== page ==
POSTCARD#52: Delhi: There was a time when I wasn’t here – not born yet. The world just going on as it does without having anything to do with that person called ‘me’. I didn’t exist then. There’s an anonymity about this that’s quite liberating. Thinking about it here in the car, looking at the world going by, same world that was out there before I was born. I’m on the way to pick up my Thai visa for the Bangkok trip this weekend – heavy traffic and stuck behind a truck. I take a photo of it simply because of the way all the words and colours insist I look at it, shouting out at me, trying to get my attention. Is it this kind of attachment to ‘self’ that causes ego-rebirth? A whole truck is suddenly reborn in front of me, identity smeared over every part of it, saying: ‘I’ am here; this is ‘my’ place! It has to be allowed for; make space for it in all the honking, hooting/tooting and scenarios of outrage where everybody really wants to be somebody. Press your horn to announce your presence. Do it loudly, you think a lot of yourself.
Mindfulness of conflict, resentment and holding a grudge; loving-kindness, compassion, metta-karuna. I’m a long-term outsider, now more than 30 years of living in other people’s countries. It means there’s a distance between ‘me’ and how things are done. As far as possible, the ‘I’ is understated, indirect, a release of the tenacity of ‘grip’ on how I (personally) think things should be. Thus I discover these days, local people look at me and I become invisible. They can’t get me to fit into their social scale, eyes glaze over. I unexist for them. I understand it to be that easing off from holding on to identity, almost to the point of letting go completely – the Buddha’s teaching on anatta, no-self. Extraordinary in my case because the I-am-not-here thing happens twice, two cultural settings: India and Thailand. I’m invisible in both countries, just my name on the lists of foreign residents, photo attached; ‘me’ in dress shirt, formal expression, hair combed, ‘smile please!’ I take out the ID I carry with me here and look at the photo, stamped, authorized, signed, registered, watermarked. It’s my identity, but is it ‘me’?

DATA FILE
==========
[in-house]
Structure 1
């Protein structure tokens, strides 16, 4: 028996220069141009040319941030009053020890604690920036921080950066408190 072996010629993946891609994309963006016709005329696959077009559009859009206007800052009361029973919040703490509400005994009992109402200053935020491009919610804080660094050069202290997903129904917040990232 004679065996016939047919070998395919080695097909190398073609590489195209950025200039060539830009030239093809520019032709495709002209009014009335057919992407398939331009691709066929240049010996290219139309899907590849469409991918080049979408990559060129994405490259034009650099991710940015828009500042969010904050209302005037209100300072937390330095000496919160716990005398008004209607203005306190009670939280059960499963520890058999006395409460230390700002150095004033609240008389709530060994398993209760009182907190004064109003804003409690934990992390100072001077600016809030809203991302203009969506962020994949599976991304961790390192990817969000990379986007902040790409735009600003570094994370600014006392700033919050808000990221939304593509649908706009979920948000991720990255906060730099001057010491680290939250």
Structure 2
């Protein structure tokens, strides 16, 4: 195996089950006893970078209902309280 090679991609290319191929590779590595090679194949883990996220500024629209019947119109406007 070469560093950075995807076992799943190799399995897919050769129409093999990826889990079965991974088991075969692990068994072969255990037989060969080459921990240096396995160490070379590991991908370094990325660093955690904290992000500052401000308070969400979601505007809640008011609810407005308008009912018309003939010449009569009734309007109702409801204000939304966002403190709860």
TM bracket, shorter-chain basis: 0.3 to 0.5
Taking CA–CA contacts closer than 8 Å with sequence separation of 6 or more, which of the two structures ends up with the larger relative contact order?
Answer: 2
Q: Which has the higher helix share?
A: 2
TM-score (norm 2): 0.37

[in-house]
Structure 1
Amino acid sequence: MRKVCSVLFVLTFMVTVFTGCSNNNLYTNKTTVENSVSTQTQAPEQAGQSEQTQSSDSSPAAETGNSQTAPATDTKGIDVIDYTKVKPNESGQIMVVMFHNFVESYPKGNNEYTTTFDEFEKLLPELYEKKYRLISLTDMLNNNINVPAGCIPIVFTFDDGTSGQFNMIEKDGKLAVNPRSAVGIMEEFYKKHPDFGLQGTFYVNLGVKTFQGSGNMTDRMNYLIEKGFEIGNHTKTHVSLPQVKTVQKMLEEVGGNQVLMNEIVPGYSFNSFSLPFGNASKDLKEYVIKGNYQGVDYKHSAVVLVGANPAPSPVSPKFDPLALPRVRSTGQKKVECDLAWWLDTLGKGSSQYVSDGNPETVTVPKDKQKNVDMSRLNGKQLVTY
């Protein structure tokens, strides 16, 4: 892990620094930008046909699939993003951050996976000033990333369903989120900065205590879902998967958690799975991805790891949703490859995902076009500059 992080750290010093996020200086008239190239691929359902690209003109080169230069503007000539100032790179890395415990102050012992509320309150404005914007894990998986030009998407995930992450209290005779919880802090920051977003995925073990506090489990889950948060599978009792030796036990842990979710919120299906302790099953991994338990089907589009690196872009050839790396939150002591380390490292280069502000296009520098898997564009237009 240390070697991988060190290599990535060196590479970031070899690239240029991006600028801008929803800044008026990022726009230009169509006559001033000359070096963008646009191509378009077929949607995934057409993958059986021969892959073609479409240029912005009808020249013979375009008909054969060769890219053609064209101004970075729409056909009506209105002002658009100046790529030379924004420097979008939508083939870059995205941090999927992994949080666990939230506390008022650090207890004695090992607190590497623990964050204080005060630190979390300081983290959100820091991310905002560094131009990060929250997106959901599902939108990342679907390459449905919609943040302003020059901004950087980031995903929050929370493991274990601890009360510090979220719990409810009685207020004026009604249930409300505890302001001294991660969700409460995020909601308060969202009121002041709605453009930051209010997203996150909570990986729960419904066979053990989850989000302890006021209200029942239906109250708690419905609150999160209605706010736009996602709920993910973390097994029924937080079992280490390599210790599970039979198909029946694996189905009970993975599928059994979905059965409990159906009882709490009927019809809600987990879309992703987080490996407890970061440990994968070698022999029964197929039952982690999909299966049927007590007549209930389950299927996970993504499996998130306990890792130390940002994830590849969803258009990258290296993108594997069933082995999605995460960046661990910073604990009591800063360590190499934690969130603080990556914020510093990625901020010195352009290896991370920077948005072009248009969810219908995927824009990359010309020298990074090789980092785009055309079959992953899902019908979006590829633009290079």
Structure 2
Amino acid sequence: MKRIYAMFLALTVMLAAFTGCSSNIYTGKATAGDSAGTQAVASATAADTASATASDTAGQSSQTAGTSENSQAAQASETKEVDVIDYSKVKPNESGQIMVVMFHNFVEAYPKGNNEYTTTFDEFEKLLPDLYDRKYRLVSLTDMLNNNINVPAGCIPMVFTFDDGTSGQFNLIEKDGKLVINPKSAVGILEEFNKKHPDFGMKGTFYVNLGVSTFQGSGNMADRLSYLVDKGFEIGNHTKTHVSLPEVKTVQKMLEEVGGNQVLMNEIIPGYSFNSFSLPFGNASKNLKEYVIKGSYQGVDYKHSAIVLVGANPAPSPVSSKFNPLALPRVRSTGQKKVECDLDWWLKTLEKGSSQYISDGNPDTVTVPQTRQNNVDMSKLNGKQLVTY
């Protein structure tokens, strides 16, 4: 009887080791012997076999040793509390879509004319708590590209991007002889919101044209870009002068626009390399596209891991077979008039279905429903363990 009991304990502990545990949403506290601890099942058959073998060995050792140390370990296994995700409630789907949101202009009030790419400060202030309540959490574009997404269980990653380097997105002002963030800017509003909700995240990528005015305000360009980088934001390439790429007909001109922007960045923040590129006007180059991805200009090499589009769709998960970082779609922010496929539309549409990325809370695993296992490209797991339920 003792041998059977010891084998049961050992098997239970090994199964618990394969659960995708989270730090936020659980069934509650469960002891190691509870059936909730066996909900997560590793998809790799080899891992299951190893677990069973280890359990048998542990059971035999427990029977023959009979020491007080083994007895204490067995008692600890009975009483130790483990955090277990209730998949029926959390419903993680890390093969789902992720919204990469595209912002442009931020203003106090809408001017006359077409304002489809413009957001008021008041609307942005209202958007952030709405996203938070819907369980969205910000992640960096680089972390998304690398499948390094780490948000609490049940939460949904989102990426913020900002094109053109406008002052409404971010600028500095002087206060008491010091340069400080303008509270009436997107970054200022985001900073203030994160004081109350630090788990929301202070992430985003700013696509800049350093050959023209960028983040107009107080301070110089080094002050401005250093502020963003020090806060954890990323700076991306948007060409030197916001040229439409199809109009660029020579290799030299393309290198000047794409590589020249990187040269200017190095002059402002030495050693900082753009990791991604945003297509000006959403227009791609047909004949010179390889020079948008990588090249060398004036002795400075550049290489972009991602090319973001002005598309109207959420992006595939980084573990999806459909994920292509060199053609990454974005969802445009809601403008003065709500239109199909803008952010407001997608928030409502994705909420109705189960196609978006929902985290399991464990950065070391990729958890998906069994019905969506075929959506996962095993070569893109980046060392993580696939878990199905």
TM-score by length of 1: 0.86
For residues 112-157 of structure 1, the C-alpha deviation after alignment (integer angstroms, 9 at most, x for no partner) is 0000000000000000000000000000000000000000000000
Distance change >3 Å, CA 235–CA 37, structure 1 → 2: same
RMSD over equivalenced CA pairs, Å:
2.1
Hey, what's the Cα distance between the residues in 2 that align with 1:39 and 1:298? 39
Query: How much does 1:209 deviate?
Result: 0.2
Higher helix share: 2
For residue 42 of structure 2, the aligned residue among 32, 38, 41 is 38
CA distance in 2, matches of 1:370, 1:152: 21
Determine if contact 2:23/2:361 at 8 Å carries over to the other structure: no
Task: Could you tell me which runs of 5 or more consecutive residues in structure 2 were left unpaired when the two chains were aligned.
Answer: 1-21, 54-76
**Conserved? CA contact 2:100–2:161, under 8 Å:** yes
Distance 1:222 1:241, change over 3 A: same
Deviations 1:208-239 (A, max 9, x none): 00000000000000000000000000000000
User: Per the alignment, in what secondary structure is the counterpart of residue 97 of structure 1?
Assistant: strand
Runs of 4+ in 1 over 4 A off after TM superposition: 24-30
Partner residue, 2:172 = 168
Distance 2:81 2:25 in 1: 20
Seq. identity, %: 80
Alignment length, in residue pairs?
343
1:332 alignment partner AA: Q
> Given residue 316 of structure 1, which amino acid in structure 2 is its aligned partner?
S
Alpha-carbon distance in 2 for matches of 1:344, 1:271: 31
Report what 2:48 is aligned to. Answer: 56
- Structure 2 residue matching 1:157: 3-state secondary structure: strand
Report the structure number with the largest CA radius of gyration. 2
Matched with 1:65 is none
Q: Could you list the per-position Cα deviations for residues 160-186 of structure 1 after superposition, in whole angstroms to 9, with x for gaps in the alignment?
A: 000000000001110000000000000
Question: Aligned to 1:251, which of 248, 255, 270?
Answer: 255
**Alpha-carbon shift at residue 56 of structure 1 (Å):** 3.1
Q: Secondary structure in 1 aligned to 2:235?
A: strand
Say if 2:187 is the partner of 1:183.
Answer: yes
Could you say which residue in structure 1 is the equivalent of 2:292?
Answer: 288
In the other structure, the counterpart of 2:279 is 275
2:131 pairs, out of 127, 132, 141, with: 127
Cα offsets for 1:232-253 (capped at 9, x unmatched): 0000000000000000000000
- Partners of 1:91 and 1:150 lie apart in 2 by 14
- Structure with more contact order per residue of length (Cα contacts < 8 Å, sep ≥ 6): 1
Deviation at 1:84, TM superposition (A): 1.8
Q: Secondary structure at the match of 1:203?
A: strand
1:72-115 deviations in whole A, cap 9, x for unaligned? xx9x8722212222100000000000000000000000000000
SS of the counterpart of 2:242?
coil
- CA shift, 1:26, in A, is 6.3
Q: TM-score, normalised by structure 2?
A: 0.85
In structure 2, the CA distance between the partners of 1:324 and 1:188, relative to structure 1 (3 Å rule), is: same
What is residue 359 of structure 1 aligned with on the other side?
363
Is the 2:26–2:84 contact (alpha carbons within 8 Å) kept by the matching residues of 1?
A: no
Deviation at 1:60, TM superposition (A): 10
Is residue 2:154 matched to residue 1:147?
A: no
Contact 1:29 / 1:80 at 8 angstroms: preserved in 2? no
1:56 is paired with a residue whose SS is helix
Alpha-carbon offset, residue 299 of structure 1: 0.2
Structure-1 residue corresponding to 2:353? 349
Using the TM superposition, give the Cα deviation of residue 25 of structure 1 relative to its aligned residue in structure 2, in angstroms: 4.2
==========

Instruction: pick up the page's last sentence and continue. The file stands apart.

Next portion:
I’m not convinced. Is it proof that I exist? …em, it’s a picture of a man who looks like me, having his picture taken. All I have by way of proof that I exist is the subjective experience of it and the present moment that is undeniably everywhere, in the unlikeliest of places. The ubiquitous presence of now, I keep bumping into it, oh… what’s this? The present moment seen in a cloud of unknowing. Or I’m thinking it’s something it isn’t. Or I accept the present moment is as it is, whether I am aware of it in its ‘as-it-is-ness’ or not.
Other times it’s seen as if standing at the bow of a small ship plunging through the waves, rising and falling, just on the point of leaving the past and surging into the future, but not there yet – never reaching that point. All the surrounding clutter and stuff of the mind is pushed away by the waves and the movement of the ship passing through. Long intervals between things… why this pause? How come there’s nothing to think about? What happens when the thinking thing stops – what happens after that? But the question just leads to more thinking. No answer, no question, stillness – a state of mind that’s free of all the tugs and pulls. Slow down, stop. Contemplate the body and mind; breathe in/breathe out, there is heartbeat, consciousness of the mystery: out there/in here…
‘…looking for the first time at homemade movies taken a few weeks before his birth. He saw a world that was practically unchanged—the same house, the same people—and then realized that he did not exist there at all and that nobody mourned his absence… But what particularly frightened him was the sight of a brand-new baby carriage standing there on the porch, with the smug, encroaching air of a coffin; even that was empty, as if, in the reverse course of events, his very bones had disintegrated.’ [The autobiography of Vladimir Nabokov: “Speak, Memory”, page 1]